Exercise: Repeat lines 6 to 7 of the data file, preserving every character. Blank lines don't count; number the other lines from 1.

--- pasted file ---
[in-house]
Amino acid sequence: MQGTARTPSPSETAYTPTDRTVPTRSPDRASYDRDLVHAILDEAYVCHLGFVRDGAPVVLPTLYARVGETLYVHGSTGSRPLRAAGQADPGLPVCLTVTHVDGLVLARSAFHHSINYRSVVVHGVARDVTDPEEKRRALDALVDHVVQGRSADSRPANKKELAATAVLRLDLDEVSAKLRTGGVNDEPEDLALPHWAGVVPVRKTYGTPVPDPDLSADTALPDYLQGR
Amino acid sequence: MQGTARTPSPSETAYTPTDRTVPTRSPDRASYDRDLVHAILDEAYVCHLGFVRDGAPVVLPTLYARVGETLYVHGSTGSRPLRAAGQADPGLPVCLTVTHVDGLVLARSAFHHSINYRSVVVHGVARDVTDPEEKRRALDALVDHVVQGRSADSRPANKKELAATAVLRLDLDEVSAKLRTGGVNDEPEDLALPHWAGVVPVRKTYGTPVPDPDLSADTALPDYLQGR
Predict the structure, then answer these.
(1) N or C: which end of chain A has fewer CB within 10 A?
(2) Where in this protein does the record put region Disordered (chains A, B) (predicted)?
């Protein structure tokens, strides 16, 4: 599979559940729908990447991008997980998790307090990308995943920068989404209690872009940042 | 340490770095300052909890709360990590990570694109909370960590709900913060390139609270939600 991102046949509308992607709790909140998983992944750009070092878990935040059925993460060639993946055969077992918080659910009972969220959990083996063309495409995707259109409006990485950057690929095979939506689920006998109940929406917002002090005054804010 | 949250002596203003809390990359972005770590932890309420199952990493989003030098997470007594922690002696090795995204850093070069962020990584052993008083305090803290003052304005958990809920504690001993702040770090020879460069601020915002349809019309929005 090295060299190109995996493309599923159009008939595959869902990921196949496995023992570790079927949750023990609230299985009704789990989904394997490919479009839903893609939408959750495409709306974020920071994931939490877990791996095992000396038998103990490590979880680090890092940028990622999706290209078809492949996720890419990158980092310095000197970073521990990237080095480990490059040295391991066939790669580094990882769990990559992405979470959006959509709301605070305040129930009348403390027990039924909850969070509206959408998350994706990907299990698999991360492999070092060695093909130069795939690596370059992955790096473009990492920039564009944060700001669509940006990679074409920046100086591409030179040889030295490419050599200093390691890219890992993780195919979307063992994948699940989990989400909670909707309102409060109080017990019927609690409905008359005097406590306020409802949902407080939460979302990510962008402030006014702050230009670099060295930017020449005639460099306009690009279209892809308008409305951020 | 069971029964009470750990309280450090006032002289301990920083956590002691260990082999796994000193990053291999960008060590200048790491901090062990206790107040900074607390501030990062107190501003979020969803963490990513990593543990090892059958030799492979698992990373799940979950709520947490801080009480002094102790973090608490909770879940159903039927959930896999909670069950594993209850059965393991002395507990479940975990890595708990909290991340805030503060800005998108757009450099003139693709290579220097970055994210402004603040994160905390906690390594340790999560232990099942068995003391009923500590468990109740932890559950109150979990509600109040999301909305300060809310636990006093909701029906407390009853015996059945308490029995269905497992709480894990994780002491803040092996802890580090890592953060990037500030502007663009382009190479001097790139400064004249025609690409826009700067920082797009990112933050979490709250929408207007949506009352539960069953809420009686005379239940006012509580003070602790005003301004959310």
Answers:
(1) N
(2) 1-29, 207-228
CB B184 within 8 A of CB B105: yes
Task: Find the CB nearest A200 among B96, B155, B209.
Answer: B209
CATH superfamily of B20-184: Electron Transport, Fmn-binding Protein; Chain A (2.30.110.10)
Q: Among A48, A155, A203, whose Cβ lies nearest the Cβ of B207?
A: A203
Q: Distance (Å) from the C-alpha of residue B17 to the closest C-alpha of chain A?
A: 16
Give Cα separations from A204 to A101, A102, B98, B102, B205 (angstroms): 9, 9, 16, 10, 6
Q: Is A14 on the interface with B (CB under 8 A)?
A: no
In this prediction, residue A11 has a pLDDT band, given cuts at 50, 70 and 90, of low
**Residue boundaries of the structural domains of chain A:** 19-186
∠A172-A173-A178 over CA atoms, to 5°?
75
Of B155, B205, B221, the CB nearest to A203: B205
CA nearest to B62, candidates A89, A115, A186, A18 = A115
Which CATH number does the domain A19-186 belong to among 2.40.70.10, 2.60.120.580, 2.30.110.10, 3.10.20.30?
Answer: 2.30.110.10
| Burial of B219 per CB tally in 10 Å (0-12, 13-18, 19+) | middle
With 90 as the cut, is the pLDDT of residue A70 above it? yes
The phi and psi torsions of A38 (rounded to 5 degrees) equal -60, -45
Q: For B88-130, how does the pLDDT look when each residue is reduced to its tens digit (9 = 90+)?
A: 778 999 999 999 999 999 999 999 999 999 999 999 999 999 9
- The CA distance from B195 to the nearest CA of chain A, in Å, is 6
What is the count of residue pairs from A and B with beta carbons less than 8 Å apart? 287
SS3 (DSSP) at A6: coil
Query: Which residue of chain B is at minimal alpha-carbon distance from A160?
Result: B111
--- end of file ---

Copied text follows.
(2) Where in this protein does the record put region Disordered (chains A, B) (predicted)?
């Protein structure tokens, strides 16, 4: 599979559940729908990447991008997980998790307090990308995943920068989404209690872009940042 | 340490770095300052909890709360990590990570694109909370960590709900913060390139609270939600 991102046949509308992607709790909140998983992944750009070092878990935040059925993460060639993946055969077992918080659910009972969220959990083996063309495409995707259109409006990485950057690929095979939506689920006998109940929406917002002090005054804010 | 949250002596203003809390990359972005770590932890309420199952990493989003030098997470007594922690002696090795995204850093070069962020990584052993008083305090803290003052304005958990809920504690001993702040770090020879460069601020915002349809019309929005 090295060299190109995996493309599923159009008939595959869902990921196949496995023992570790079927949750023990609230299985009704789990989904394997490919479009839903893609939408959750495409709306974020920071994931939490877990791996095992000396038998103990490590979880680090890092940028990622999706290209078809492949996720890419990158980092310095000197970073521990990237080095480990490059040295391991066939790669580094990882769990990559992405979470959006959509709301605070305040129930009348403390027990039924909850969070509206959408998350994706990907299990698999991360492999070092060695093909130069795939690596370059992955790096473009990492920039564009944060700001669509940006990679074409920046100086591409030179040889030295490419050599200093390691890219890992993780195919979307063992994948699940989990989400909670909707309102409060109080017990019927609690409905008359005097406590306020409802949902407080939460979302990510962008402030006014702050230009670099060295930017020449005639460099306009690009279209892809308008409305951020 | 069971029964009470750990309280450090006032002289301990920083956590002691260990082999796994000193990053291999960008060590200048790491901090062990206790107040900074607390501030990062107190501003979020969803963490990513990593543990090892059958030799492979698992990373799940979950709520947490801080009480002094102790973090608490909770879940159903039927959930896999909670069950594993209850059965393991002395507990479940975990890595708990909290991340805030503060800005998108757009450099003139693709290579220097970055994210402004603040994160905390906690390594340790999560232990099942068995003391009923500590468990109740932890559950109150979990509600109040999301909305300060809310636990006093909701029906407390009853015996059945308490029995269905497992709480894990994780002491803040092996802890580090890592953060990037500030502007663009382009190479001097790139400064004249025609690409826009700067920082797009990112933050979490709250929408207007949506009352539960069953809420009686005379239940006012509580003070602790005003301004959310």